Ovanes Oganisian of Renaissance Capital -
On July 11, Prime Minister Vladimir Putin met with academicians and President Dmitry Medvedev met with oligarchs and businessmen to discuss upcoming privatisations, the investment climate and the lack of long-term funding, as well as to discuss economic strategy. The views of the two groups were expected to be the exact opposite of each other, reflecting the deep division on these topics in Russia; the privatisations of the 1990s are still being questioned, and a manually managed and centrally planned economy might still appeal to a majority of the population.
Academics in Russia, as in many countries, are heavily dependent on government funding, and therefore tend to view the state's role in the economics of the country as exaggerated. During the meeting, which was chaired by Putin and also attended by Finance Minister Alexei Kudrin, they voiced their concerns about the upcoming privatisation, stating that it wasn't a quick fix. Instead, they offered the familiar remedies of Soviet-style micromanagement of key enterprises and the provision of long-term, cheap financing on a case-by-case basis to modernise key plants and sectors. At the same time, they advocated additional spending to create new domestic industries specialising in nanotechnology, allowing Russia to occupy this new technological niche.
In our view, the opinions of the academics have been largely addressed by the current economic reality of Russia, which, under Putin, has been transformed into a symbiotic free market and Soviet-style managed economy, with prices set by the government in many sectors. The privatisation of key infrastructure monopolies, such as Gazprom, Transneft and Russian Railways, is not on the cards in the near future. Russian VEB has been acting as a development bank, providing cheap funding during the crisis to the 295 key companies on the government's list, and is on track to lunch a programme to finance PPP projects in Russia. Finally, Rusnano Corporation, headed by Anatoly Chubais, is gradually gaining experience and knowledge, and is securing projects to ensure Russia has a competitive advantage in certain new industries, such as nanotechnology.
During Medvedev's meeting with businessmen and state-owned company barons, the opinions heard were quite the opposite. Medvedev addressed the key issues of his plan to improve the investment climate in Russia, the so-called Magnitogorsk thesis. Medvedev has criticised the slow pace of privatisations in Russia. According to the current plan, the government will retain controlling stakes in key enterprises until at least 2016. Medvedev has been pushing for more aggressive privatisations and he expects to see a new plan by August 1. He also said that he expects to see the creation of legislature that limits the government's ambitions in strategic sectors.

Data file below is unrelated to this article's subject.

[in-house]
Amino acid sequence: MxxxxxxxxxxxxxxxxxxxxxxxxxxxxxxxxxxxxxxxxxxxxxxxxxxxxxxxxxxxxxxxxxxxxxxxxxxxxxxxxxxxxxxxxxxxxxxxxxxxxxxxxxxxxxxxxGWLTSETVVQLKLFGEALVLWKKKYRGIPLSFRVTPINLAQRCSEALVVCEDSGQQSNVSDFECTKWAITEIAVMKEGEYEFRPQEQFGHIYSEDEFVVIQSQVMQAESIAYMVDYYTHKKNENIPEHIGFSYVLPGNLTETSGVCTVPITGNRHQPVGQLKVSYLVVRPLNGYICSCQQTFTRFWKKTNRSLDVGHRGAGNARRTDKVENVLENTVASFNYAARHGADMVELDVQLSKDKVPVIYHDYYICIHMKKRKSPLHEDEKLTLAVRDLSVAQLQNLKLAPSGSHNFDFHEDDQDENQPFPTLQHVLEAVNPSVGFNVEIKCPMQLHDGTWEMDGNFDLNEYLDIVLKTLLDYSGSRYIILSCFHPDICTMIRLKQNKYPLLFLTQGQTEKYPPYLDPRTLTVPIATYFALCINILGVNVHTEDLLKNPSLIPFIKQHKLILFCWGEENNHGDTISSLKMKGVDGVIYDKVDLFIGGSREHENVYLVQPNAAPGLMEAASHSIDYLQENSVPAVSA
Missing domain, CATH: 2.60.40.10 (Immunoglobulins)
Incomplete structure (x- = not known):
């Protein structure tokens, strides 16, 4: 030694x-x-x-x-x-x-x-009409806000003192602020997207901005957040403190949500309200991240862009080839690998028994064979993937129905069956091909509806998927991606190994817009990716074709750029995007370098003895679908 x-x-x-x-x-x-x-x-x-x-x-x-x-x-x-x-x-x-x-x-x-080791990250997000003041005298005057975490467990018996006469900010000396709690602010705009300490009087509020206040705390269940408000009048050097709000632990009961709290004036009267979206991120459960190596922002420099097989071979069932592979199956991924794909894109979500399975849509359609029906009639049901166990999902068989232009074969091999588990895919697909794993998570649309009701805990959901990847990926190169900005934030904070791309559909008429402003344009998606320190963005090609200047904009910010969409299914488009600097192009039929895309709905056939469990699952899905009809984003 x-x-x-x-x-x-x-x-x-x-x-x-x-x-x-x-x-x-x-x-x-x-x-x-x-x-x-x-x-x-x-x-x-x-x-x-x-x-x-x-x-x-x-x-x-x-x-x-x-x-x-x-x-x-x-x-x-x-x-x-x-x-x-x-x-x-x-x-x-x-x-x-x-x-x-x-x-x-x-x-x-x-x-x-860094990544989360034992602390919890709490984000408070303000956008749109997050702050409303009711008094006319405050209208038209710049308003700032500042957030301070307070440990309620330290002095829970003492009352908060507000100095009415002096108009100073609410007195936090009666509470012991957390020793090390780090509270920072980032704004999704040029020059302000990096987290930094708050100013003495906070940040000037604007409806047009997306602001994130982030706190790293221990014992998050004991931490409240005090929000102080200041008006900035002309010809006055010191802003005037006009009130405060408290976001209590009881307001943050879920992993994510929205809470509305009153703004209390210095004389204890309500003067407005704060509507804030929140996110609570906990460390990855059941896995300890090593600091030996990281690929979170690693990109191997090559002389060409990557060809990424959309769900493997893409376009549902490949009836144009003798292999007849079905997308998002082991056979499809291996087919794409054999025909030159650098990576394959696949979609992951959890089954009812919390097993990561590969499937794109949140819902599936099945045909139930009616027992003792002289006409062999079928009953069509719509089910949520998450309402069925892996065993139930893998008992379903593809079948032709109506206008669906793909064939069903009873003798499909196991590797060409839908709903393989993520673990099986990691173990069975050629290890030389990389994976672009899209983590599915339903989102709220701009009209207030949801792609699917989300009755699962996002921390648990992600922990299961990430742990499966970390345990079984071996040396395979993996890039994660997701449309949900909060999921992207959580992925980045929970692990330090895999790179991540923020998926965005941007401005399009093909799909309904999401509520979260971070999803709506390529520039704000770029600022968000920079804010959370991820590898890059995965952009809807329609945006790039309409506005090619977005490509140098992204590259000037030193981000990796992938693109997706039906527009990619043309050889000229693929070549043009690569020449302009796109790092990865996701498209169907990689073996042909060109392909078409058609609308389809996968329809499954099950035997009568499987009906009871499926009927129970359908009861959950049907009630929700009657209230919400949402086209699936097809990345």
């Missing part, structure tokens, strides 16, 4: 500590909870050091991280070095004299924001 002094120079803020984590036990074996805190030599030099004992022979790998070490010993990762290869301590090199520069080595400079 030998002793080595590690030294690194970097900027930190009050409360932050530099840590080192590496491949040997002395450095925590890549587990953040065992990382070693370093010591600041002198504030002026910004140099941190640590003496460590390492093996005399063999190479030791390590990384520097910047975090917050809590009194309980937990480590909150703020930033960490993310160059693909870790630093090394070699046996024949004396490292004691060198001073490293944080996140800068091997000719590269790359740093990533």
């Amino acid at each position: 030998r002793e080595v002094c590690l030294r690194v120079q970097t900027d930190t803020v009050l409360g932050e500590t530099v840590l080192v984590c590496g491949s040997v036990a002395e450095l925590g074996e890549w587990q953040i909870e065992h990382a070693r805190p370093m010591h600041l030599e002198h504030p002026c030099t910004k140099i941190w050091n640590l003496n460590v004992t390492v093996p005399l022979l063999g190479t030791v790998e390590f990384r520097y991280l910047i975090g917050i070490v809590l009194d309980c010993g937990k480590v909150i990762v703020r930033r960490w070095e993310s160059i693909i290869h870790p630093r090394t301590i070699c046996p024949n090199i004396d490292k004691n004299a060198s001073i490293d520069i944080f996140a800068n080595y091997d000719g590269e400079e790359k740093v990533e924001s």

Various commentaries on the Medvedev meeting have been supportive of privatisation. It was evident that improving the current investment climate was very important to the interests of the audience, and there were numerous suggestions on how to do this. Interestingly, the meeting was also attended by Mikhail Gutseriev, president of Russneft, who has recently returned from London where he had been in hiding after an attack on his business. However, no invitation was sent to Dmitry Kamenshik, CEO of Domodedovo airport, who recently cancelled the company's IPO.
Meanwhile, the August deadline for the government's privatisation programme, set by Medvedev during the St Petersburg investment forum, is drawing near. Vedomosti leaked information on the companies that are to be privatised according to the new Ministry of Economic Development programme.
According to the leaked programme, the state will reduce its stake to zero in two key assets, Rosneft and Rushydro, whilst retaining a golden share in each; it will reduce its stake to zero in 11 enterprises, including VTB; and it will retain a stake of 50% +1 share in six other key enterprises, including Russian Railways, Transnet and MRSK Holding. The current plan for Sberbank as we understand it is to sell a 7.5% stake, and there was no mention of the government lowering its stake to zero in the Vedomosti report. The combined value of the shares to be sold is at least $110bn. An ambitious target to complete by 2017, in our view.
Russia is turning away from state capitalism to improve its investment climate, which we believe is just another way of saying it is turning away from state socialism. Russian state-owned companies currently operate with the unfair advantage of having access to much cheaper capital than their private competitors, skewing competition as a result. Moreover, the Russian state is not trying to amend this situation, which it could do by requiring dividends from state-owned companies to balance the skewed cost of capital. Therefore, we think privatisation is the best solution to this problem, as it will end the disadvantages felt by private companies, and it will also make it much easier for the government to draw higher fiscal revenues from the newly privatised companies, financing the current and any future deficit. Finally, privatisation revenues could provide a cushion if oil prices drop.
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